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PCI 3.0, Part 1: Breathe, Relax, Get Compliant

PCI 3.0, Part 1: Breathe, Relax, Get Compliant

As many in the e-commerce space know, the PCI DSS 3.0 standard took effect on Jan. 1; organizations have until the end of the year to transition their compliance programs. It's important to understand these changes weren't created just to deliver some arbitrary vision of compliance. They reflect a payment IT landscape that grows riskier and more complex every day.

By Kurt Hagerman E-Commerce Times ECT News Network
02/18/14 5:00 AM PT

Aimed at improving the security of payment card data and reducing fraud, PCI DSS 3.0 standard, which took effect on Jan. 1, introduces changes that extend across all 12 requirements. It no doubt will mean some shakeups for many organizations when it comes to their day-to-day culture and operations. That's not a bad thing, because transitioning to meet the new requirements will help e-businesses build a stronger, safer, lower-risk environment for their customers.

This winter alone has been dominated by stories of breaches impacting Target, Neiman Marcus, and the Marriott, Sheraton and Hilton hotels -- just to name a few. While the growing number of digital payment avenues offers convenience to customers, it also offers a larger attack surface for criminals.

As cloud technologies and e-commerce environments continue to grow, creating multiple points of access to cardholder data, online retailers will only become more appealing targets for hackers. Cybercriminals are cunning and determined, and they understand payment card infrastructures as well as the engineers who design them.

That's a scary proposition -- and it's exactly why the payment card industry is so determined to help keep e-commerce organizations protected. By meeting the new standard, businesses will be better armed to fight evolving threats. The changes also will drive more consistency among assessors, help businesses reduce risk of compromise, and create more transparent provider-customer relationships.

If you're thinking that transitioning to 3.0 will involve some work, you're right -- but doing that work on the front end is going to save you much more work down the line. Adopting the new standard ultimately will drive your e-commerce business into more a secure and efficient era.

Changes Overview

So what exactly do the 3.0 changes mean for your e-commerce organization? How much work lands on your plate will depend on your current security program -- but examining your current security strategies and programs is never a bad idea. Take a look below at the areas requiring your attention, which this series will explore in more detail in future installments.

Operational Changes: The 3.0 standard addresses common vulnerabilities that probably will ring a bell with many of you. These include weak passwords and authentication procedures, as well as insufficient malware detection systems and vulnerability assessments, just to name a few. Depending on your current security controls program, this could mean you'll need to step up in these areas by strengthening credential requirements, resolving self-detection challenges, testing and documenting your cardholder data environment, and making other corrections.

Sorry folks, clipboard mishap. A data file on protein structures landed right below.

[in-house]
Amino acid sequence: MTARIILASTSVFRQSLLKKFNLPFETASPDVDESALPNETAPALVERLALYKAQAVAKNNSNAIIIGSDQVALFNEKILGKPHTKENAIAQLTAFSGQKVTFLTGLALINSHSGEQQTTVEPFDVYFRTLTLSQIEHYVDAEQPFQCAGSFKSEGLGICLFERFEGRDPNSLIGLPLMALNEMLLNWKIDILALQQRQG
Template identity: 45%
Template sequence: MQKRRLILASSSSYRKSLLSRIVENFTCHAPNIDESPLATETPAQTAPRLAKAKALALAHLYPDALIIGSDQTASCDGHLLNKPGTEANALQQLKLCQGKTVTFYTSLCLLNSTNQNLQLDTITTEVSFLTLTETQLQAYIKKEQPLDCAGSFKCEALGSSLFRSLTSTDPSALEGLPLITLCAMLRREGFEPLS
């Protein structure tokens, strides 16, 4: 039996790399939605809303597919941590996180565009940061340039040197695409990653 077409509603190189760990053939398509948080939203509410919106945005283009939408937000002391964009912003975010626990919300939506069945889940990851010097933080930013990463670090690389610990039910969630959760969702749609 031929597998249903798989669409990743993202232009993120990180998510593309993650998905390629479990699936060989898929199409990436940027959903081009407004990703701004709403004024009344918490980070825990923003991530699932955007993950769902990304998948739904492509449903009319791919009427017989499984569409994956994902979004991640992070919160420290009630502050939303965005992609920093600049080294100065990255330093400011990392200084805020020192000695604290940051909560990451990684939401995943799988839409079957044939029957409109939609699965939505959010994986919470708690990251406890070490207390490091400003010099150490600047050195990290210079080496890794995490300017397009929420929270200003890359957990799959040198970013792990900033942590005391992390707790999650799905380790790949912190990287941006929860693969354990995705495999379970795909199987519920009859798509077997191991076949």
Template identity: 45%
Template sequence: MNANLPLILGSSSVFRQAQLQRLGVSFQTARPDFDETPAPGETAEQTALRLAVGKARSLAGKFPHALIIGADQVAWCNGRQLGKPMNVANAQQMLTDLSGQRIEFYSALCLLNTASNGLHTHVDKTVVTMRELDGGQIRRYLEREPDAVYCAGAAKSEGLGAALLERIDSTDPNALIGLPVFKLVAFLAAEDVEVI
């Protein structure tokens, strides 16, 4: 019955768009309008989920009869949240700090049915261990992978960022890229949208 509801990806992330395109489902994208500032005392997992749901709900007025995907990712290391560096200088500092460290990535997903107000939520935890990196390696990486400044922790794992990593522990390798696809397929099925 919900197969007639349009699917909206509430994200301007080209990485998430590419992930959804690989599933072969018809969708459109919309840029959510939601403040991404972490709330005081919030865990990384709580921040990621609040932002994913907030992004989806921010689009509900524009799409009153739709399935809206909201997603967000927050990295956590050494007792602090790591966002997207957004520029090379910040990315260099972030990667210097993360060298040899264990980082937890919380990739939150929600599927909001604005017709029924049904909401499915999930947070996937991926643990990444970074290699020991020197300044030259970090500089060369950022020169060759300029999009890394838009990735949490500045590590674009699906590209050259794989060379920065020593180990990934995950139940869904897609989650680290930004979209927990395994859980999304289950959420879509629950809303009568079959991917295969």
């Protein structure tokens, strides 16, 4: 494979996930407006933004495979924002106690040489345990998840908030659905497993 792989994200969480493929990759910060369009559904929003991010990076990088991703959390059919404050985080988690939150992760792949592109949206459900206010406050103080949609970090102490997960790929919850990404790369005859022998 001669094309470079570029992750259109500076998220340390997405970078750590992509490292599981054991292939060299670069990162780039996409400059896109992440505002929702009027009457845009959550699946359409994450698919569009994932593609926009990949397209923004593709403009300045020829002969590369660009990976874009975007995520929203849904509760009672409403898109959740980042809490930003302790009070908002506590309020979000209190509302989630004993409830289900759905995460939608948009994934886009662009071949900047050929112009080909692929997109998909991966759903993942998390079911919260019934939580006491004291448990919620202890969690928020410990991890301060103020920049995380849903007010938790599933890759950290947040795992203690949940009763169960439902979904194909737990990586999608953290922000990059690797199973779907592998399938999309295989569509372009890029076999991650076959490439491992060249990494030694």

Cultural Changes: One of the main themes of 3.0 is shifting from an annual compliance approach to embedding security in your daily processes. Threats don't change just once a year; they are constantly evolving, and that means e-commerce organizations must adopt a culture of vigilance. Only through a proactive business-as-usual approach to security can you achieve true DSS compliance. Realistically, this could mean the need to provide more education and build awareness with your staff, partners and providers, so that everyone understands why and how your new processes are in place.

Service Provider Changes: When it comes to third-party providers, some organizations have made unsafe assumptions in the past -- and some have paid the price, from failed audits to breaches. This is one reason the new standard is designed to eliminate any confusion over compliance responsibilities. Specifically, responsibilities for security, operations, management and reporting all will need to be spelled out in detailed contracts. In addition to improved communication, an intensified focus on transparency means that you should have a clear view of your provider's infrastructure, data storage and security controls, along with subcontractors that can impact your environment. So if your organization isn't exactly clear on which PCI DSS requirements you manage and which ones your providers handle, prepare to get all of that hammered out.

The Rewards of Compliance

If all of this sounds like a lot of work, don't worry. The rest of our series will guide you down the path to preparing for the 3.0 deadline in January 2015. To get started right now, request your QSA's opinion on how the changes will impact your organization. By doing a gap assessment now, you'll be able to address any shortcomings before crunch time.

Remember that meeting the new 3.0 requirements isn't just about passing audits. In our fast-paced payment IT landscape, staying smart and protected is part of our commitment to our customers. Beef up your security game, and you'll not only reduce audit headaches, but also enjoy a stronger brand reputation as a safe and reliable e-commerce business.

PCI 3.0, Part 2: Defining Your Cardholder Data Environment


As chief information security officer for FireHost, Kurt Hagerman is responsible for all aspects of security and compliance for both corporate- and customer-facing products. He is responsible for leading FireHost in attaining ISO, PCI, HIPAA and other certifications.


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